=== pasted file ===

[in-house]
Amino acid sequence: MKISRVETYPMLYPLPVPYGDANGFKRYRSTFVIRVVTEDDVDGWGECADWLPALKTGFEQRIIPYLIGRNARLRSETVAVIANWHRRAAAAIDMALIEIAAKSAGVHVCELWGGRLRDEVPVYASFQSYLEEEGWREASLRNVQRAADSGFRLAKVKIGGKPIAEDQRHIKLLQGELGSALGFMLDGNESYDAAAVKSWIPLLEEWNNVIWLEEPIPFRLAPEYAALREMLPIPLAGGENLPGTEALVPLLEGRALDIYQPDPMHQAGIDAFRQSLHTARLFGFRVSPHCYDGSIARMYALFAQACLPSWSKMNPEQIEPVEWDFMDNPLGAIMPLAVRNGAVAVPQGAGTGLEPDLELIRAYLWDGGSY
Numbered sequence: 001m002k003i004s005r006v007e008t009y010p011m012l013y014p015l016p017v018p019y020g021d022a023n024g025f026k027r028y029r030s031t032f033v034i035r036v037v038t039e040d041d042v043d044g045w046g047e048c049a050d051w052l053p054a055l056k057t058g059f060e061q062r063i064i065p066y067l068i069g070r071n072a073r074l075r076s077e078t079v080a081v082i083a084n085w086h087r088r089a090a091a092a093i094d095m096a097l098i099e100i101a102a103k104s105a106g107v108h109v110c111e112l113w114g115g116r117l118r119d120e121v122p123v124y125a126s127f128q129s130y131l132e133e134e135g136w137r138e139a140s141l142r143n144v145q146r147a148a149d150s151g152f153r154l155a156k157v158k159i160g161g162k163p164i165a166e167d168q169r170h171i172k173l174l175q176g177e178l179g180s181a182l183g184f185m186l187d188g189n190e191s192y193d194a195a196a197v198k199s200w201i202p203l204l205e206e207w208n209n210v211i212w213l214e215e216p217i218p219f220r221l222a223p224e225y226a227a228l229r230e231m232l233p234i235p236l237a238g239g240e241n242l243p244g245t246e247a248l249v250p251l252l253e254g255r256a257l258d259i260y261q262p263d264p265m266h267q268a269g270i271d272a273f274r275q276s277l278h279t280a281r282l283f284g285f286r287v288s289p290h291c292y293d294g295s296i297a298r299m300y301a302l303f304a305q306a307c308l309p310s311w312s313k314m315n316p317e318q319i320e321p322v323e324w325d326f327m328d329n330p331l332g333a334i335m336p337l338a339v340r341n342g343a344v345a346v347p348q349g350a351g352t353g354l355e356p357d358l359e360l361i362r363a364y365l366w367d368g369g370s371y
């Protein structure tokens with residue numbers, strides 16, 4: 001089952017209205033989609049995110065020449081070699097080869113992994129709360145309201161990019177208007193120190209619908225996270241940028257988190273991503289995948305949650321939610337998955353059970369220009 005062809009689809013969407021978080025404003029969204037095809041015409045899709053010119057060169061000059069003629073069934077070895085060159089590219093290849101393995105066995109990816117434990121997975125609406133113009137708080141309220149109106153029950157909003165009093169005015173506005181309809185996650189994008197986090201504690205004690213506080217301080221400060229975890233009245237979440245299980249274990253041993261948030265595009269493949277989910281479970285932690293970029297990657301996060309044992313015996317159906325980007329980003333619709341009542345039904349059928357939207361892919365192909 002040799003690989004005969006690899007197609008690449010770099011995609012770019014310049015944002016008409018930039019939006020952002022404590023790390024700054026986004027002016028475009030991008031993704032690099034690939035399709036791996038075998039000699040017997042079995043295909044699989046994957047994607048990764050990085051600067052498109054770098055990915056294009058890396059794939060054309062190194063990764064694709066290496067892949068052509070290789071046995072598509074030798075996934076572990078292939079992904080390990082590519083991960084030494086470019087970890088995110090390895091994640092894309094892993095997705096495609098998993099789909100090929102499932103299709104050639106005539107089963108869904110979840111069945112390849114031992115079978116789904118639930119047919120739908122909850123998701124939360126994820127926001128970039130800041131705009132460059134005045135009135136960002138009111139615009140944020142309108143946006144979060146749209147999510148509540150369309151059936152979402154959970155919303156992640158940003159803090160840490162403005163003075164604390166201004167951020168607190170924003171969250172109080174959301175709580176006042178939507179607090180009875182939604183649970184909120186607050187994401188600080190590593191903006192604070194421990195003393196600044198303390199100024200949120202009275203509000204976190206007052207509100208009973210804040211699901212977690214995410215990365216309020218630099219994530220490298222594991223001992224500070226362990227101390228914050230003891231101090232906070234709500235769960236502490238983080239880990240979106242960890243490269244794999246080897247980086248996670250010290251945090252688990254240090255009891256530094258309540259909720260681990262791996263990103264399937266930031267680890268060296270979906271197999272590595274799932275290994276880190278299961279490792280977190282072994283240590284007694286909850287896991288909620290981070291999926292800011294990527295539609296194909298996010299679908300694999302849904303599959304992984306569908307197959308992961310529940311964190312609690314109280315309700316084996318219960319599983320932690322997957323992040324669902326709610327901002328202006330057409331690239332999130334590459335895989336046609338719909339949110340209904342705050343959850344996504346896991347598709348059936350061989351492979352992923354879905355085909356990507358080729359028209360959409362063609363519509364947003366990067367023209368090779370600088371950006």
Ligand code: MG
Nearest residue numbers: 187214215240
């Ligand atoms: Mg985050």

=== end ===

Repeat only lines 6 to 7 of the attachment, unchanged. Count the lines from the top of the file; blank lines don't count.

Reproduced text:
Nearest residue numbers: 187214215240
């Ligand atoms: Mg985050």